New York is home to more than 4,000 dairy farms.

Although times were tough for farmers before this pandemic, it costs more now for dairy farmers to produce milk than what is worth as Kendra Lamb explains.

“Our milk price dropped from over $17 per hundredweight to $11 per hundredweight really quickly,” Lamb said. “That $11 is well below the cost of what it takes to produce that milk.”

Kendra Lamb and her husband run Lamb Farms in Genesee, a dairy farm that has been in her husband’s family for three generations with around 4,000 cows.

Like many farms in New York, they produce milk and milk products for schools and restaurants around the state. However, with these closed, overall demand for dairy products is down at least 10%.

“The change in the market was obviously a drastic flip of the switch,” Lamb explained. “And with milk supply there is no way to turn on or turn off when we’re trying to adapt to the market.”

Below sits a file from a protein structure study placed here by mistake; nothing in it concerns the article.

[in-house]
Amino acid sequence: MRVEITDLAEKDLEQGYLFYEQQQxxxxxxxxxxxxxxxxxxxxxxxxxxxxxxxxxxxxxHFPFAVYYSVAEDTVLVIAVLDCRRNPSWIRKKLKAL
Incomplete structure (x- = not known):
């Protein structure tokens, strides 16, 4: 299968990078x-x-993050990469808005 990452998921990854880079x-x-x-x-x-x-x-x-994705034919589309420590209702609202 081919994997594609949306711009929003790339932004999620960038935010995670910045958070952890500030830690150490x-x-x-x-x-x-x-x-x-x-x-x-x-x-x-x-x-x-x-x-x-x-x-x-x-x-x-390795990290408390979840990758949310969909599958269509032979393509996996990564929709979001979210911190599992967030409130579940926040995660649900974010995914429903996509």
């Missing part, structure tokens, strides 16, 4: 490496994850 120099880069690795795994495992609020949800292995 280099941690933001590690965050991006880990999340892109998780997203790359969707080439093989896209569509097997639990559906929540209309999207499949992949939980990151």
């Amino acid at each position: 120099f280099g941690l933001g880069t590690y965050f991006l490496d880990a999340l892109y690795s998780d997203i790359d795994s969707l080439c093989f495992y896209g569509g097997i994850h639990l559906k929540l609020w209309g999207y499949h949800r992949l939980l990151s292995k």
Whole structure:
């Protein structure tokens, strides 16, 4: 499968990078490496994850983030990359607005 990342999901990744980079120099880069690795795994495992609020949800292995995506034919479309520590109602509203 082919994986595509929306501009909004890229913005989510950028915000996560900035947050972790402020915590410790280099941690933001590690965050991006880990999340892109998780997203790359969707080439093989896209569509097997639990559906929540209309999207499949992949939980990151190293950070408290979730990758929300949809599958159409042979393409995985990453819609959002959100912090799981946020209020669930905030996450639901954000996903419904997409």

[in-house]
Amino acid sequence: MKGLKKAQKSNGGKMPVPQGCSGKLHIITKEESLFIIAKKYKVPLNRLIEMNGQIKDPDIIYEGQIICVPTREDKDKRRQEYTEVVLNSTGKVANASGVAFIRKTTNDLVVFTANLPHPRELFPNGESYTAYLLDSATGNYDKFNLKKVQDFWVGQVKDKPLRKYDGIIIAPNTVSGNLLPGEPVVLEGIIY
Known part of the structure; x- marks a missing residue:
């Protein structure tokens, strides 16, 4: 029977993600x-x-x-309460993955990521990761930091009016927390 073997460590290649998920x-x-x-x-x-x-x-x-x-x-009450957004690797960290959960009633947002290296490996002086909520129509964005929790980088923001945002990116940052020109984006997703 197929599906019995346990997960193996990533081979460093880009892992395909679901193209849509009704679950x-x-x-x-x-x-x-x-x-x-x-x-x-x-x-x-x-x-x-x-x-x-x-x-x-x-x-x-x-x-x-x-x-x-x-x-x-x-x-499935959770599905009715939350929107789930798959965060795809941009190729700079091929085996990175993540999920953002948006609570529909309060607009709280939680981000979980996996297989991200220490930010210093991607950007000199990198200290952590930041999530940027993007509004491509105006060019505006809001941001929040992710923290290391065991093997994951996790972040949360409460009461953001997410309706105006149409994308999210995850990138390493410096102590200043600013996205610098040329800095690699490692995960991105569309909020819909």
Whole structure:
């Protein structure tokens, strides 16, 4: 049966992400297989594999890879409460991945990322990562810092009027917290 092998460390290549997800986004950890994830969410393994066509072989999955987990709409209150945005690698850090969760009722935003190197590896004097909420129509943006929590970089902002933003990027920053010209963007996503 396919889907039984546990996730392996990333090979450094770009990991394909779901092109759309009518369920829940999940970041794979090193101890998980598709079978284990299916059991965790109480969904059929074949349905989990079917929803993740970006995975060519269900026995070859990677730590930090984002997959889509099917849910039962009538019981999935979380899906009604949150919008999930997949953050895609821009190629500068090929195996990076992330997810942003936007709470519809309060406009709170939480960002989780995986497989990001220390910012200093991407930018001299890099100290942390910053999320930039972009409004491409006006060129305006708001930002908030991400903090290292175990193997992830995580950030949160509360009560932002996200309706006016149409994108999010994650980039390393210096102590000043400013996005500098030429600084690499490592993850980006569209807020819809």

Lamb says they are a part of Upstate Farms Cooperative that helps get the milk from her farm in Western New York to different markets around the state. While her farm has not had to dump milk yet, getting milk into the hands of people that need it is not as easy as it sounds.

“Safety checks and quality checks to make sure the milk meets the standards we are looking for, all of that happens at the processing plant. And as we have seen on the news there are a lot of processing plants that are struggling,” Lamb said.

Governor Andrew Cuomo this week announced that the state will be launching a Nourish New York Initiative that will help get food from upstate farmers to food banks across the state. While specific details have yet to be released, Lamb says that they hope to participate.

“We have a lot of product, it doesn’t stop flowing and our demand is going down, so there is going to be some excess and the idea that we can utilize that well and get it into the hands of families that need it is something that any dairy farmer is going to be really excited about,” Lamb said.

Each dairy item has a unique plant code, so if you’re at the grocery store and see it starts with the numbers 36 you know you’re buying milk products from local dairy farmers in New York.